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STS in the OR?

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We all know how important skin-to-skin (STS) contact is for a newborn and his mother.  Most hospitals are moving towards immediate skin-to-skin for all newborns (breastfeeding mothers or not) in our delivery rooms!   But what about the operating rooms? 

At a time when families are under the additional anxiety of a surgical delivery, skin-to-skin care increases family togetherness and satisfaction with the birth.  We have known for years that a cesarean delivery delays lactogenesis II and negatively affects breastfeeding duration.  With a cesarean rate of 33% in many areas, this is an issue that affects many families. 

A systematic approach makes this change more acceptable to all involved: nurses, obstetricians, anesthesiologists and lactation consultants.  An organized process of planning, testing a pilot protocol, staff training will reduce the anxiety of all staff.  Involve stakeholders from all disciplines in planning and executing the changes.  An influential champion can provide the leadership to engage staff and create enthusiasm for the process of change.   Finally, implement a preliminary protocol and refine it as needed, then make it policy.

Continual surveillance is needed to assure that the procedural changes are incorporated into practice and maintained and that there is no back-sliding into old habits.  Analyzing the improvement in Quality Assurance measures can reinforce the hard work of the staff.

How this skin-to-skin procedure is implemented will vary from hospital to hospital depending on their facility and their staff.  But Moms, infants and families will benefit as skin-to-skin becomes a normal and routine practice.

Want to explore this further?

Facilitating Skin-to-Skin Contact in the Operating Room After Cesarean Birth.

Stone S, Prater L, Spencer R.  Nurs Womens Health. 2014 Dec;18(6):486-99.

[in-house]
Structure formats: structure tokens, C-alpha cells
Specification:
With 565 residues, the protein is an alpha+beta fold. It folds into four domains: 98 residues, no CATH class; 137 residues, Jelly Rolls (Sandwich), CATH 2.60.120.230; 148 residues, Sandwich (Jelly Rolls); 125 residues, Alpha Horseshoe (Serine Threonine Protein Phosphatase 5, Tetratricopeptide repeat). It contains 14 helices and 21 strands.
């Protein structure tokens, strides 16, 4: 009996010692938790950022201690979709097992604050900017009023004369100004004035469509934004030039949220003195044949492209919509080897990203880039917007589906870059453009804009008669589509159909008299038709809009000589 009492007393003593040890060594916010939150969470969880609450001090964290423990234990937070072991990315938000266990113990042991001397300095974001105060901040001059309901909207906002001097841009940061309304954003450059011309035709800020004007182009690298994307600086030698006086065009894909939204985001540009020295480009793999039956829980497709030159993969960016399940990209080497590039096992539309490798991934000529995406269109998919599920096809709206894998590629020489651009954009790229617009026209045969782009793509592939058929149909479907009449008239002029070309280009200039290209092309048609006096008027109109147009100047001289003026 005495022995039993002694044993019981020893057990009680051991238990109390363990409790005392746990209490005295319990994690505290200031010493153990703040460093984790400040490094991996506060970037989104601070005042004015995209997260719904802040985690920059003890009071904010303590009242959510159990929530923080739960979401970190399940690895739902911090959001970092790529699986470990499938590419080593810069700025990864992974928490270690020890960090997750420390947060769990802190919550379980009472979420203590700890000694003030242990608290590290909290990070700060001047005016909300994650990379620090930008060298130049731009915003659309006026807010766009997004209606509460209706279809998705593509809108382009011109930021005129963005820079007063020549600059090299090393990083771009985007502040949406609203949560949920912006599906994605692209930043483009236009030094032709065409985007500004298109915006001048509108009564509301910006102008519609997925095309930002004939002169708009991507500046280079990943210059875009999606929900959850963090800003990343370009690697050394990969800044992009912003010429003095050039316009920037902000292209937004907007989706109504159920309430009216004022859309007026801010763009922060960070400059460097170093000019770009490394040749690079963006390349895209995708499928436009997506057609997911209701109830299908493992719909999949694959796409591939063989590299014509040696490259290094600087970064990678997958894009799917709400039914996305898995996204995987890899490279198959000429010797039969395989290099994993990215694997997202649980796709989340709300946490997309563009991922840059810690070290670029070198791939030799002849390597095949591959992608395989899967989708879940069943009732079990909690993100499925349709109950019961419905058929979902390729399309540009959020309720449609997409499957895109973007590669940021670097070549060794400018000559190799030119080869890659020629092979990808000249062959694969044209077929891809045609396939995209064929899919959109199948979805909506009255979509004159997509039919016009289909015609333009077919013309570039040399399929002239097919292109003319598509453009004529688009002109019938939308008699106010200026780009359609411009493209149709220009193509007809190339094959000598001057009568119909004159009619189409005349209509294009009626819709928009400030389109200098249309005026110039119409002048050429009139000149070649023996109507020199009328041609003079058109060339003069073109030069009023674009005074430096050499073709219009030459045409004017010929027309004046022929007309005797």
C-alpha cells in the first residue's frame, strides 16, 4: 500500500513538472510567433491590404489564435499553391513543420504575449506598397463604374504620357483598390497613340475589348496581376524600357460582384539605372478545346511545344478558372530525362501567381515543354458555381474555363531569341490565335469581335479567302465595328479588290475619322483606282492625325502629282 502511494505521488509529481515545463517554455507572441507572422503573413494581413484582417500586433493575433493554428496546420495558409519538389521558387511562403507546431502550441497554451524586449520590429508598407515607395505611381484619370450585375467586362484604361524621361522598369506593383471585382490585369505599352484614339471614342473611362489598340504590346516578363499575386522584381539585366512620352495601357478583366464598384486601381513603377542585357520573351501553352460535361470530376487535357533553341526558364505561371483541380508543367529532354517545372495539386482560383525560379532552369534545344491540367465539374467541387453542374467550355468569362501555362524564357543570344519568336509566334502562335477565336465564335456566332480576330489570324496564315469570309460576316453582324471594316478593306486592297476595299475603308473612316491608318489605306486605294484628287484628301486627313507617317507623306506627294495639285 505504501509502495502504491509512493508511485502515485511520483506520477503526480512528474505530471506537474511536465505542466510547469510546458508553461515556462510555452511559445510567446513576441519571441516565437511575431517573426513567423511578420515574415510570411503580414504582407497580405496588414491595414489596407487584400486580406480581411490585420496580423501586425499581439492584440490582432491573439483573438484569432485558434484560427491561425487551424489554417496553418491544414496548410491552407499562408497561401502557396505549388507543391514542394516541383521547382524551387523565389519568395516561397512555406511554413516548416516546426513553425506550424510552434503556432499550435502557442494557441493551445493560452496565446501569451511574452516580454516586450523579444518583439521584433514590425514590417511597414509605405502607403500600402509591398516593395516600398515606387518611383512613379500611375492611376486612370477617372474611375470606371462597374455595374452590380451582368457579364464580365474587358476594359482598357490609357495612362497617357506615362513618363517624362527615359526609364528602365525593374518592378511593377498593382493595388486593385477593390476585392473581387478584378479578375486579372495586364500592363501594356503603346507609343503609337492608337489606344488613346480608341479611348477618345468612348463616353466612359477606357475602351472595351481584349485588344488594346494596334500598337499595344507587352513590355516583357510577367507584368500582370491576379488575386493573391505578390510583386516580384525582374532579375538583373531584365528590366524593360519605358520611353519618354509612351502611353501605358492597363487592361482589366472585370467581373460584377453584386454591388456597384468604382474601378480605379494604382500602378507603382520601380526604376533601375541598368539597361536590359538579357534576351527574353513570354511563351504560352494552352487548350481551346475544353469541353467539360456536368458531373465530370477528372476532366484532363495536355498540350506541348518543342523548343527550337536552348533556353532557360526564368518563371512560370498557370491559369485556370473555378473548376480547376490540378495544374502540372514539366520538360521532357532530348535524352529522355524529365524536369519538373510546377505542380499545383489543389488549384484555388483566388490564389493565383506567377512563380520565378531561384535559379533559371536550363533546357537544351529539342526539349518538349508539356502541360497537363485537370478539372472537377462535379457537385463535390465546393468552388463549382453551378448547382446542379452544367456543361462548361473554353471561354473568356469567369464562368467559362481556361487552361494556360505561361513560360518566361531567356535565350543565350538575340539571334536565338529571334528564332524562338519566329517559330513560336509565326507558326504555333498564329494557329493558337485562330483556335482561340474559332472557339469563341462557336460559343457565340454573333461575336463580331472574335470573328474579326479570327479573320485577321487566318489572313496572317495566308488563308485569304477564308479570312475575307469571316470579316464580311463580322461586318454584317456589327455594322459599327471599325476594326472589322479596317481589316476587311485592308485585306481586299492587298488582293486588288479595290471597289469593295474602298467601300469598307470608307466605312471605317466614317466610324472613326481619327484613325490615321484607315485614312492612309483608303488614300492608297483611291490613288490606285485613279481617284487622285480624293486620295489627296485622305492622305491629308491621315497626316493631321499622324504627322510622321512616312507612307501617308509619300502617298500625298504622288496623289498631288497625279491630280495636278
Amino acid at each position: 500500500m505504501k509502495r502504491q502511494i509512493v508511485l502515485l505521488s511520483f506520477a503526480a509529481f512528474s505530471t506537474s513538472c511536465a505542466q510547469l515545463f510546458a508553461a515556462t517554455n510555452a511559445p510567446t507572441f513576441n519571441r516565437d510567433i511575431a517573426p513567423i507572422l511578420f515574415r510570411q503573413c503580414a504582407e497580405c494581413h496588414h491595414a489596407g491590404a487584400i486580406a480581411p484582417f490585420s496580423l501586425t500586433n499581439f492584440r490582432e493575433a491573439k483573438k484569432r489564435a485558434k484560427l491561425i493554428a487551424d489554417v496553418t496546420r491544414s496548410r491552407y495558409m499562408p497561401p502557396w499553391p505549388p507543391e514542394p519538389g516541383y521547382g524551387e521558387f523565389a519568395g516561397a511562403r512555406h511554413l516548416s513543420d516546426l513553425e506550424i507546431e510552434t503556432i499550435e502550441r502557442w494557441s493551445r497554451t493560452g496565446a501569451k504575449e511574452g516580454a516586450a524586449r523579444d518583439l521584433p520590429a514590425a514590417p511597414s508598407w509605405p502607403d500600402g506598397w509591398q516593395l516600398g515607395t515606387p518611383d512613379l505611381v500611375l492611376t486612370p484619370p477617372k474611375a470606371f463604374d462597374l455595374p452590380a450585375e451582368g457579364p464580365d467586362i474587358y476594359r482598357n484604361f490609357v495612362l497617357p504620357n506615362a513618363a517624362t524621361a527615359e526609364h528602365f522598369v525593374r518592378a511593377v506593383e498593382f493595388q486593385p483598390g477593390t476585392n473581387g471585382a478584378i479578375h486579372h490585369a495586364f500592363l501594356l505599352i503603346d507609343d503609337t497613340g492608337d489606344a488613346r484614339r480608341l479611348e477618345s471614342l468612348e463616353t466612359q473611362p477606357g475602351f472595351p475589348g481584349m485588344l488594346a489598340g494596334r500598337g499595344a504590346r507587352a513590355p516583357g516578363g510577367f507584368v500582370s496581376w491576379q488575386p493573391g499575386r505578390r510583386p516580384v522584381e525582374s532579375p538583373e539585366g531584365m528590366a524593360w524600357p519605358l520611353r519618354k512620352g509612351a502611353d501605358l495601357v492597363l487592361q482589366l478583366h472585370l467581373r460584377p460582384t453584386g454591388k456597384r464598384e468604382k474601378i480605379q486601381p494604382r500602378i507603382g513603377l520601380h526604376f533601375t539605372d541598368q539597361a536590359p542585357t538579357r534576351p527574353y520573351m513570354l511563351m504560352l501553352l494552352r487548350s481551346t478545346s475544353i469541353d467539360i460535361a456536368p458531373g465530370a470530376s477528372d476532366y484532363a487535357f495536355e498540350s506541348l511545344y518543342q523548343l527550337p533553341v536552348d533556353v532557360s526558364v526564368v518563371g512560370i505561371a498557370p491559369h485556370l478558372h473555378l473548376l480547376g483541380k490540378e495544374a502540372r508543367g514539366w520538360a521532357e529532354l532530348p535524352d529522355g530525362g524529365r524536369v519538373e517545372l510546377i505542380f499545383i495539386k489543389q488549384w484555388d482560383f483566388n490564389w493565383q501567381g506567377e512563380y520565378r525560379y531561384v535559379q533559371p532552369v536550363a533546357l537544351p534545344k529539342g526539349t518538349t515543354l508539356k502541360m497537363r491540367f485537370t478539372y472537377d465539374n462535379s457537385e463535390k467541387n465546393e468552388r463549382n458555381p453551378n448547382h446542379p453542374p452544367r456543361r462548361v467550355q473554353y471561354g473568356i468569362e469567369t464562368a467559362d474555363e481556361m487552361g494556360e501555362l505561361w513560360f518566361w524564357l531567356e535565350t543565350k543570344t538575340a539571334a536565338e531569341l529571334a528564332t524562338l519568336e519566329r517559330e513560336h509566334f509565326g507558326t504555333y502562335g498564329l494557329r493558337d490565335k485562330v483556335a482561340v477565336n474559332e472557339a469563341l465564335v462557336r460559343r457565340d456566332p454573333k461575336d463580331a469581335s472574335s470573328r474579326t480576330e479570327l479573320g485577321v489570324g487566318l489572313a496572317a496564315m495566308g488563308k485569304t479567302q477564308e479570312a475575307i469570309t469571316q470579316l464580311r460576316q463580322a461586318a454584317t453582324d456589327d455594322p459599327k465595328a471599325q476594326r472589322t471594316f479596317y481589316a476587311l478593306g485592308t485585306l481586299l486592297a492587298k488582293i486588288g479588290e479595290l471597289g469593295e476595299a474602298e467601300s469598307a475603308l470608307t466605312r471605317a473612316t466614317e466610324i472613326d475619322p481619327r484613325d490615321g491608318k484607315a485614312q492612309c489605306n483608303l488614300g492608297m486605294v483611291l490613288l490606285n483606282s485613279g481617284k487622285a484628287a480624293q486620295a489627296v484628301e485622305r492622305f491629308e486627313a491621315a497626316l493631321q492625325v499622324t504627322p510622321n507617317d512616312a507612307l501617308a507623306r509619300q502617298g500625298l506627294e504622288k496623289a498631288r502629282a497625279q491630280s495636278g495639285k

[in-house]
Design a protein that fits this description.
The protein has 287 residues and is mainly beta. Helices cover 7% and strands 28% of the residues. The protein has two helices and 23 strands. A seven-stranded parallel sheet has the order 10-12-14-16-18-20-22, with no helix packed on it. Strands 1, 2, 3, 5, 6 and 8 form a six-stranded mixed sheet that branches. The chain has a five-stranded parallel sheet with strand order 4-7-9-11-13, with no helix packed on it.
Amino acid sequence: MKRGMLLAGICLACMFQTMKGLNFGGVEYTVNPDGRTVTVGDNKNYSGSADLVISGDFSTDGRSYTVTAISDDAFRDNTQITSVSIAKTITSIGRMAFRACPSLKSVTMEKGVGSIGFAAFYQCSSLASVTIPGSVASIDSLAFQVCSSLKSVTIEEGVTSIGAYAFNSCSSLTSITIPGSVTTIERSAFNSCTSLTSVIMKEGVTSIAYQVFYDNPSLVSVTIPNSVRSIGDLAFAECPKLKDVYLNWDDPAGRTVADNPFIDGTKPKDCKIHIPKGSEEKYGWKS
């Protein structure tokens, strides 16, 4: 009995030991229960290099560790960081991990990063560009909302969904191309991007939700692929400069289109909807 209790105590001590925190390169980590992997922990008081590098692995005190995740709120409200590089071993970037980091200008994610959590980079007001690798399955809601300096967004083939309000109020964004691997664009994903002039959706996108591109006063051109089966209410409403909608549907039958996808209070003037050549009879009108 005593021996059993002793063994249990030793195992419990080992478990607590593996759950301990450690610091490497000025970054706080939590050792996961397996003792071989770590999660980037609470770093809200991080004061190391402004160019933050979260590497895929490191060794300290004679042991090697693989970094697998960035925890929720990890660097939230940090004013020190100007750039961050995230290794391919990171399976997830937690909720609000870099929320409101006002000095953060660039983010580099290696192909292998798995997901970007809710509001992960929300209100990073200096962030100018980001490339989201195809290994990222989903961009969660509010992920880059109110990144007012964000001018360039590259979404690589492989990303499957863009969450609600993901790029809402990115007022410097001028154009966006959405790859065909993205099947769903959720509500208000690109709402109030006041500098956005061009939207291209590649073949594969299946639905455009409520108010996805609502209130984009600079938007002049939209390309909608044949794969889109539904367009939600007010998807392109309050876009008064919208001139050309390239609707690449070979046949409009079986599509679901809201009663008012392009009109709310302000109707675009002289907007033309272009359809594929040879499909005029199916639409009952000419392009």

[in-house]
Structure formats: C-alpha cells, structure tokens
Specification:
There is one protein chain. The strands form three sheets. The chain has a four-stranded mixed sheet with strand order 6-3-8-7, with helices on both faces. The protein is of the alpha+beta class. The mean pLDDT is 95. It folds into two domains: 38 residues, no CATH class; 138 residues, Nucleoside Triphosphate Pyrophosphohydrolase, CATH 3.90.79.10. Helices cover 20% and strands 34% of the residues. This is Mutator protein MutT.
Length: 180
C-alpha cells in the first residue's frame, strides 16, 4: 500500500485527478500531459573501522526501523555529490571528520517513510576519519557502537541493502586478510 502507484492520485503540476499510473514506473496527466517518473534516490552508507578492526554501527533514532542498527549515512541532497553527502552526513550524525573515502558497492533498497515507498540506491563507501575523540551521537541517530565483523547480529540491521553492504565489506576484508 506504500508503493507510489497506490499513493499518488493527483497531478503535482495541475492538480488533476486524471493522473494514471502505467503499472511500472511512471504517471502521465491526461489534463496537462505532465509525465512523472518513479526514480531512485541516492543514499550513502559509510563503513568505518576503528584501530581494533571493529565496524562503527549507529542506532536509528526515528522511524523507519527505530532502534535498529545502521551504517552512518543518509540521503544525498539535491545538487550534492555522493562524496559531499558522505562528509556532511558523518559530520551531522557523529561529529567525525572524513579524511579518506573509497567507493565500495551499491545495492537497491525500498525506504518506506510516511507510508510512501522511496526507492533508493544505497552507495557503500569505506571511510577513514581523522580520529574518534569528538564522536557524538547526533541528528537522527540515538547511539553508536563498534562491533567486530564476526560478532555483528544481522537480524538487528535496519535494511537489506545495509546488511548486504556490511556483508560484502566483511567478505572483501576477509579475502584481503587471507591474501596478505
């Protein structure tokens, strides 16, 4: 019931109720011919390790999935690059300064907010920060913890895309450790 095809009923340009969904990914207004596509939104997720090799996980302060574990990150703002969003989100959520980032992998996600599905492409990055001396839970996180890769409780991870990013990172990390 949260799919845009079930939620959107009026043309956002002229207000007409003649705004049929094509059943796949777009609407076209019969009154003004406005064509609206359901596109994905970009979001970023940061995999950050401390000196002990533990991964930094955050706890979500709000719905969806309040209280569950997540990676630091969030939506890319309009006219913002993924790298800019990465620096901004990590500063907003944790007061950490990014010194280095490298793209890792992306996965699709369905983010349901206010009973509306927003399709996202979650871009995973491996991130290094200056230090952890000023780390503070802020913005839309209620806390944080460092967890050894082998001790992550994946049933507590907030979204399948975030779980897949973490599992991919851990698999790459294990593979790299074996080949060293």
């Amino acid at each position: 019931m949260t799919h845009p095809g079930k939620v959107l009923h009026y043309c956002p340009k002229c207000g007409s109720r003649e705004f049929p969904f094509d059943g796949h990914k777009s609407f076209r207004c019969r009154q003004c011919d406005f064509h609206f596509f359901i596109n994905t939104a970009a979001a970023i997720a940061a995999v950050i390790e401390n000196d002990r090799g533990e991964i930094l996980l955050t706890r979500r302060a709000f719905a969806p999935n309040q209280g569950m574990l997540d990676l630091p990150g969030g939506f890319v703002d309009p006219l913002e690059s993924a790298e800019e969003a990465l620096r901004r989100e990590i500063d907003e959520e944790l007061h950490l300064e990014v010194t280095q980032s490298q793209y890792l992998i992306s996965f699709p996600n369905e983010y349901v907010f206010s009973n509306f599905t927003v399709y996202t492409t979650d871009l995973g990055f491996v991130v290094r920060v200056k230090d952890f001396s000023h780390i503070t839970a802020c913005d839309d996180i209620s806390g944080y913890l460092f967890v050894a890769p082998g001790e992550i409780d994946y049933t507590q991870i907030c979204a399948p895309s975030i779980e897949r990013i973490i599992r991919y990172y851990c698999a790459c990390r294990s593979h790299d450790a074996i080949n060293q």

Early skin-to-skin after cesarean to improve breastfeeding.

Hung KJ, Berg O.  MCN Am J Matern Child Nurs. 2011 Sep-Oct;36(5):318-24

An interprofessional quality improvement project to implement maternal/infant skin-to-skin contact during cesarean delivery.

Brady K, Bulpitt D, Chiarelli C.  J Obstet Gynecol Neonatal Nurs. 2014 Jul-Aug;43(4):488-96

Skin-to-skin contact after cesarean delivery: an experimental study.

Gouchon S, Gregori D, Picotto A, Patrucco G, Nangeroni M, Di Giulio P.  Nurs Res. 2010 Mar-Apr;59(2):78-84

Postcesarean Section Skin-to-Skin Contact of Mother and Child.

de Alba-Romero C, Camaño-Gutiérrez I, López-Hernández P, de Castro-Fernández J, Barbero-Casado P, Salcedo-Vázquez ML, Sánchez-López D, Cantero-Arribas P, Moral-Pumarega MT, Pallás-Alonso CR.

J Hum Lact. 2014 May 20;30(3):283-286

Immediate or early skin-to-skin contact after a Caesarean section: a review of the literature.

Stevens J, Schmied V, Burns E, Dahlen H.  Matern Child Nutr. 2014 Oct;10(4):456-73.

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Vergie Hughes has a long history of experience in Maternal Child Health including labor and delivery, post-partum and pediatrics, and for the past 25 years she has been involved in lactation management. Ms. Hughes has a BSN from Pacific Lutheran University and a MS from Georgetown University. She has been a board certified lactation consultant since 1985. At Georgetown University Hospital, she was the director of the Human Milk Bank. She created and developed the National Capitol Lactation Center and the one week Lactation Consultant Training Program. This course has trained more than 4,000 Lactation Consultants since its inception in 1990.


She has been a private practice lactation consultant and business owner, and operated her own lactation center, Washington’s Families First. Lactation Education Resources On-Line is her website, offering training to professionals and information to parents as well. Ms. Hughes has served on the International Board of Lactation Consultant Examiners and has served on the IBLCE exam writing committee. Her first love is teaching and that is exemplified by the creativity of the courses she has developed. A series of courses “The In-patient Breastfeeding Specialist,” "The Out-patient Breastfeeding Specialist” and “The NICU Breastfeeding Specialist” are all designed to advance the lactation management skills of nurses at the bedside. She regularly teaches skills to labor and delivery nurses and just recently developed the course “Towards Exclusive Breastfeeding.”


Ms. Hughes is the program director and content manager for all of the on-line Lactation Education Resources courses. Ms. Hughes was recently honored with a “lifetime achievement award” as Fellow of the International Lactation Consultant Association (FILCA).

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Guest Monday, 20 November 2017